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Photo of the Virginia Tech house.

The 2002 Virginia Tech house featured structural elements that save energy and look attractive.

Click drawing to view a larger image.

Floor plan drawing of the Virginia Tech house.

Solar Decathlon 2002

Virginia Polytechnic Institute and State University

Final Overall Points: 777.901
Final Overall Standing: 5
Winner, Design Presentation and Simulation Contest
Winner, Getting Around Contest

We took a significant stance to celebrate PV and not try to hide it. It's a benevolent umbrella, both a collector of energy and a shading device. It gives the building a strong identity not normally associated with residential buildings.
—Robert Dunay, project team advisor

About the Home

The 2002 home designed by Virginia Tech epitomized multifunctionality. Every aspect of the house had more than one purpose, including the solar-electric panels, which produced electrical energy and shaded the home, too. The student-designed Skywall panels, using a translucent aerogel material, insulated the home and let light into the interior. Along the structural south wall, the panels also acted as active solar collectors for domestic hot water and under-floor radiant heating.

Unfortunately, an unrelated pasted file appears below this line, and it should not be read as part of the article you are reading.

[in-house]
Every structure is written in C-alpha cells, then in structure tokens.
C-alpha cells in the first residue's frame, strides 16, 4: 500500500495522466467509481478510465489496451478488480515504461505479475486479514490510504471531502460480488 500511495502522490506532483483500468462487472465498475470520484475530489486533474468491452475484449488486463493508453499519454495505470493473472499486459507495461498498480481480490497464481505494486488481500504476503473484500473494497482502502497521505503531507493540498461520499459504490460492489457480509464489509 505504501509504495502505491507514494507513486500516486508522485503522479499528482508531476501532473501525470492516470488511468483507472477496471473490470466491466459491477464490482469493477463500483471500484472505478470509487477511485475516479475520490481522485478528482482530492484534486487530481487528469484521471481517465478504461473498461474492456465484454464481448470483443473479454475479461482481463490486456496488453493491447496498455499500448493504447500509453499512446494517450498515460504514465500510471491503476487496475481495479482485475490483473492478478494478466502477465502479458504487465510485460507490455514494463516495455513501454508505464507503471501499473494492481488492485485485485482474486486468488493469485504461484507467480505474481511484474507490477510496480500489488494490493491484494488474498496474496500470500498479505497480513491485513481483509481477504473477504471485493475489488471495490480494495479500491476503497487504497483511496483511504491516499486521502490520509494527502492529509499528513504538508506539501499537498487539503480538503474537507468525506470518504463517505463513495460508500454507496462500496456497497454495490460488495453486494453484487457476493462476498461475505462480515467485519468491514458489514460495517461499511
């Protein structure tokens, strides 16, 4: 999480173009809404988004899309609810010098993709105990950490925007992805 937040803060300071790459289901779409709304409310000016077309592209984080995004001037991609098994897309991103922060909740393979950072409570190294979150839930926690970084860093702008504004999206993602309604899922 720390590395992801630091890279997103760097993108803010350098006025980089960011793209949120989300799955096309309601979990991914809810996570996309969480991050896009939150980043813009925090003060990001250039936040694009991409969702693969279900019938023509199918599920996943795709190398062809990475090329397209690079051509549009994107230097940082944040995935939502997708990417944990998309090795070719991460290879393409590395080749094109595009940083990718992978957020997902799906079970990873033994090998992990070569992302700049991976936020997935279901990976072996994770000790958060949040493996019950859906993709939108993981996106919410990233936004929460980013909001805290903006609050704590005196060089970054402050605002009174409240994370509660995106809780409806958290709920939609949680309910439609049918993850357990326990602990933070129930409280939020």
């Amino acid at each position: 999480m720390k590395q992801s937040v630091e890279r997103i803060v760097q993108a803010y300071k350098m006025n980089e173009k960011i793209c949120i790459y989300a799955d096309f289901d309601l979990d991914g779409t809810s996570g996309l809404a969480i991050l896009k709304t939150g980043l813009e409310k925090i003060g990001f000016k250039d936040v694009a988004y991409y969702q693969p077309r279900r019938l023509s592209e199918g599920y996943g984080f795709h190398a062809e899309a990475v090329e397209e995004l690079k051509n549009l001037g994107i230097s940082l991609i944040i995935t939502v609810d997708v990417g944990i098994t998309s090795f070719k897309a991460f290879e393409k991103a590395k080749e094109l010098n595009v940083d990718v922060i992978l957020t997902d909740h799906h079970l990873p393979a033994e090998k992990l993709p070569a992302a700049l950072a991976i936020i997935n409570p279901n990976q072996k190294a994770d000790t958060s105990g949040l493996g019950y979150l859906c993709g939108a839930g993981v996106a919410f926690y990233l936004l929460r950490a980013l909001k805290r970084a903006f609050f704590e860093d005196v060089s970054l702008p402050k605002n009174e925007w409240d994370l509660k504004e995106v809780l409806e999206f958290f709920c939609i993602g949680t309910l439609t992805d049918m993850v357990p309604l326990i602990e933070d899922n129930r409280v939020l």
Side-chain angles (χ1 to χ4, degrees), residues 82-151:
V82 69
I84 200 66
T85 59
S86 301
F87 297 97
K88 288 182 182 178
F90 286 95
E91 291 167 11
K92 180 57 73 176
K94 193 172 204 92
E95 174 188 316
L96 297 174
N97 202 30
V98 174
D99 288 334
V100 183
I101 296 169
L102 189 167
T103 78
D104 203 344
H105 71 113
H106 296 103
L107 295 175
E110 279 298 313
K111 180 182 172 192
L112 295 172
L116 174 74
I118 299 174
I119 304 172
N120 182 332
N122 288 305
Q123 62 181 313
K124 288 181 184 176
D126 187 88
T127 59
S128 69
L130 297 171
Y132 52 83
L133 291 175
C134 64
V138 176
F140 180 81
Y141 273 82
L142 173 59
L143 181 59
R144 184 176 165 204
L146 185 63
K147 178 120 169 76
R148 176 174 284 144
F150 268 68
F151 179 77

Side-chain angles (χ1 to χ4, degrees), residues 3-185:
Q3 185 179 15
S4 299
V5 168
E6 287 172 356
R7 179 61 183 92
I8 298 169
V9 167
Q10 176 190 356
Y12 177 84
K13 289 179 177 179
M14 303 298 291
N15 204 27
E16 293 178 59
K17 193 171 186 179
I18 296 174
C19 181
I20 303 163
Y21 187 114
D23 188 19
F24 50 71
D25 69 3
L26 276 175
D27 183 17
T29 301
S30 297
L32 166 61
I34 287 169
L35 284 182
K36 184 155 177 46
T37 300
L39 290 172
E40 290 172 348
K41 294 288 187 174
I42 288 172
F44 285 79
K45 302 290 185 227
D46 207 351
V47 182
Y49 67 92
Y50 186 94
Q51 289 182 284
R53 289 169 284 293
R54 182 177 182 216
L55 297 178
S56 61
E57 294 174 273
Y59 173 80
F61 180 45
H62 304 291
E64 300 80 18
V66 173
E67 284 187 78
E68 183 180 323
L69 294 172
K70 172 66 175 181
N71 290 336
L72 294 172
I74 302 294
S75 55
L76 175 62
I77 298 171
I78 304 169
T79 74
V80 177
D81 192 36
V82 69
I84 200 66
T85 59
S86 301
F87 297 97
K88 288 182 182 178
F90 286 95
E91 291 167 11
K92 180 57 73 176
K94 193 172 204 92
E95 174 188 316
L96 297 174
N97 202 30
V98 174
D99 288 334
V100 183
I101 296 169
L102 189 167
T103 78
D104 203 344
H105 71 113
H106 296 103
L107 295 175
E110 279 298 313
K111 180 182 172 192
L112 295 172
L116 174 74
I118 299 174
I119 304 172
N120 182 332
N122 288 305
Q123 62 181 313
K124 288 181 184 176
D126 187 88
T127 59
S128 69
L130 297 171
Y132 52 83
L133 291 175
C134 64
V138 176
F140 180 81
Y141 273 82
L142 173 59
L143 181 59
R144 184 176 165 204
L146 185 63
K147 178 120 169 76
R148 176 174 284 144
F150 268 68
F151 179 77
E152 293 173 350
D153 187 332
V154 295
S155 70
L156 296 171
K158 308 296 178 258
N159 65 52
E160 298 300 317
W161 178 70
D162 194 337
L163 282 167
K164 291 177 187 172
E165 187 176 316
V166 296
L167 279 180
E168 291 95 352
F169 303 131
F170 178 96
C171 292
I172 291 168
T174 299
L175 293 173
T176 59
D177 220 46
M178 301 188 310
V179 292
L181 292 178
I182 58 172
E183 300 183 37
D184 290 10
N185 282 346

Inside the home, the appliances were grouped together on the north wall, and they served as a thermal buffer, retaining extra heat in the winter and venting it to the outside in the summer. A microprism light, typically used for billboards, helped to transfer light evenly throughout the home.

About the Team

The team of architecture, engineering, and industrial design students created a 2002 Solar Decathlon house that successfully combined the three disciplines. The decathletes came to realize that "communication is fundamental," saying that, with different teams in different departments in different colleges, "we could have done a better job at keeping the team informed. If a change took place, we really needed to communicate it to all team members. We came to value the importance of good communication," Robert Schubert, team advisor, reported. After all, one of the hallmarks of a successful union-whether between individuals or among disciplines-is good communication!

The students report that interacting with the sponsors was one of the best parts of their Solar Decathlon experience. Schubert summed up the students' thoughts by saying, "The sponsors have been excellent to work with. We've learned from them and hopefully they've learned from us."

Key Home Features

Item Specifics
PV kilowatts (standard test condition rating) 6.00
PV modules 80 BP Solar BP-275
Charge controllers 4 Solar Boost 3048
Inverters 2 Trace SW4048
Battery bank 1275 ampere-hour, 48 volt
Battery type 20 Concorde PVX-6225 sealed absorbed glass mat
Water heating 140 ft2 (13 m2) of SunEarth absorber plates in custom-built vertical collectors
Construction South, east, and west walls = R15 (RSI 3), north wall = R23 (RSI 4), roof = R31 (RSI 5)
Space heating Ground source heat pump and solar thermal
Space cooling Ground source heat pump

Manufacturers' Web Sites

Source: These details have been adapted with permission from Home Power #94, April/May 2003